Instructional video examples in 4 different styles

Think of instructional videos as the next level of traditional presentations. They take the information you would've shared verbally or in writing and enrich it with visuals. This is where the four main types of instructional videos come into play:

1. Live-action videos

SAFETY STARTS WITH YOU

Live-action videos are the most complex and expensive video type as they require studio filming with live human actors. 

A long video with live-action is helpful when you train people to complete a physical skill. However, when your video is closer to a software tutorial, with content that needs to cover software skills or procedures, you might find this type of video too expensive and time-consuming to produce. 

2️. AI-generated videos

(Example Template) Attach from your Google Drive in Gmail

Creating an instructional video with AI requires as little as an AI video maker and a script to plug into. Anyone can get a working video in minutes from their computer browser, regardless of their experience in instructional video creation. Unlike live-action instructionals, you can re-edit or upgrade AI-generated videos anytime.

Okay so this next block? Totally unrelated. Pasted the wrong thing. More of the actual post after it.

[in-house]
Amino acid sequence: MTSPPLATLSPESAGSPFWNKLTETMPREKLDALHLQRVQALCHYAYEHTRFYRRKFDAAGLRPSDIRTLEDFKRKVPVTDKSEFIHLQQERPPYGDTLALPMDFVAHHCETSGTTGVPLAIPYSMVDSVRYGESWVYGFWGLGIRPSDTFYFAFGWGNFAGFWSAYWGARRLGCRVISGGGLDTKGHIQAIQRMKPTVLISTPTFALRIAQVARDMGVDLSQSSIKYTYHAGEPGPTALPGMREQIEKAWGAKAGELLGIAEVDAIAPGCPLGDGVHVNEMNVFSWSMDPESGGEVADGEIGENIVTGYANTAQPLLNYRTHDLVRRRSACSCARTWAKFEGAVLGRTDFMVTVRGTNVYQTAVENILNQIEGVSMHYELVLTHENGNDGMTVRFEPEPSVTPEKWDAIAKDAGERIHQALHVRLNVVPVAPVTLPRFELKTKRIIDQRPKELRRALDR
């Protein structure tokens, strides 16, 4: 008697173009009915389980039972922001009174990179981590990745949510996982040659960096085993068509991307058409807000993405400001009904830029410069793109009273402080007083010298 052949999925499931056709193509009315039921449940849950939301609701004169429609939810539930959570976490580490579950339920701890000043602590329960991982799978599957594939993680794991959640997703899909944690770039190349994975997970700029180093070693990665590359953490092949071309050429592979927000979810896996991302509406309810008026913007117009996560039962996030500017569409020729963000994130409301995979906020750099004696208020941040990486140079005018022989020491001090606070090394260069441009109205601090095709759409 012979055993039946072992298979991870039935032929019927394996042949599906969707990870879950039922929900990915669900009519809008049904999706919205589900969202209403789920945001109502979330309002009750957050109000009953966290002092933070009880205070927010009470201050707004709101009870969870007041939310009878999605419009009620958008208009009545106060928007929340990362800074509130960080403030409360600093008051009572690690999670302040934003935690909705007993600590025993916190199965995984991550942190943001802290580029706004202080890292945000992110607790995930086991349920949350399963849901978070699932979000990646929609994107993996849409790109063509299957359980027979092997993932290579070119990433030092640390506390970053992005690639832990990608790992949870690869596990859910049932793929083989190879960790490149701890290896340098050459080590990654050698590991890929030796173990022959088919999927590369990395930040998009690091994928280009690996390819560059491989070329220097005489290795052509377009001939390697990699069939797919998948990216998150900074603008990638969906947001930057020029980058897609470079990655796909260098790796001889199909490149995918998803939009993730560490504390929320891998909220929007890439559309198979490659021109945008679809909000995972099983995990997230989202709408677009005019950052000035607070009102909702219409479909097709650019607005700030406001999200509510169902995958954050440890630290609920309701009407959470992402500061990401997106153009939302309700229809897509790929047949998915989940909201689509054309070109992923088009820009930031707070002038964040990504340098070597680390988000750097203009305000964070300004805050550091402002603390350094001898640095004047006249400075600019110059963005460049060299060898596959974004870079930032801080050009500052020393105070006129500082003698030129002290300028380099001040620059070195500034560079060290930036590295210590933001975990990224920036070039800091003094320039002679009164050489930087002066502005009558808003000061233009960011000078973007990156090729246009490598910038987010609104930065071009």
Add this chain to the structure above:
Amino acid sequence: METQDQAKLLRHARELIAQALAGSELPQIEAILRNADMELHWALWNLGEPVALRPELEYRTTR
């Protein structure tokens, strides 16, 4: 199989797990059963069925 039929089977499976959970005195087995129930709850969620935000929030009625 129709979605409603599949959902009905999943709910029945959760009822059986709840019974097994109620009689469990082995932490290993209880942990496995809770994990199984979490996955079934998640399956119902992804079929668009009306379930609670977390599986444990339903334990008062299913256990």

3️. Over-the-shoulder screencast tutorial videos

Easy Animation in AI Video with Synthesia Triggers

This type of instructional video, with screencasts, is a recorded demonstration of someone performing a task and sharing their computer screen. You can easily create such a short video with a screen recording yourself. And you can record the entire screen or just a part of it, choosing to show or not show your face. Then, add audio narration and visual elements to your video to enhance the professionalism and value of the instructional video. 

4️. Animated how-to videos

THE CHOICE (Short Animated Movie)

Animated videos are typically made with 2D vectors and are accessible and easy to use. You don't need to film in a studio with professional equipment or actors, but you DO need to know how to use animation software such as Powtoon or Adobe Animate. Like live-action videos, animated training videos usually require larger budgets and longer timelines.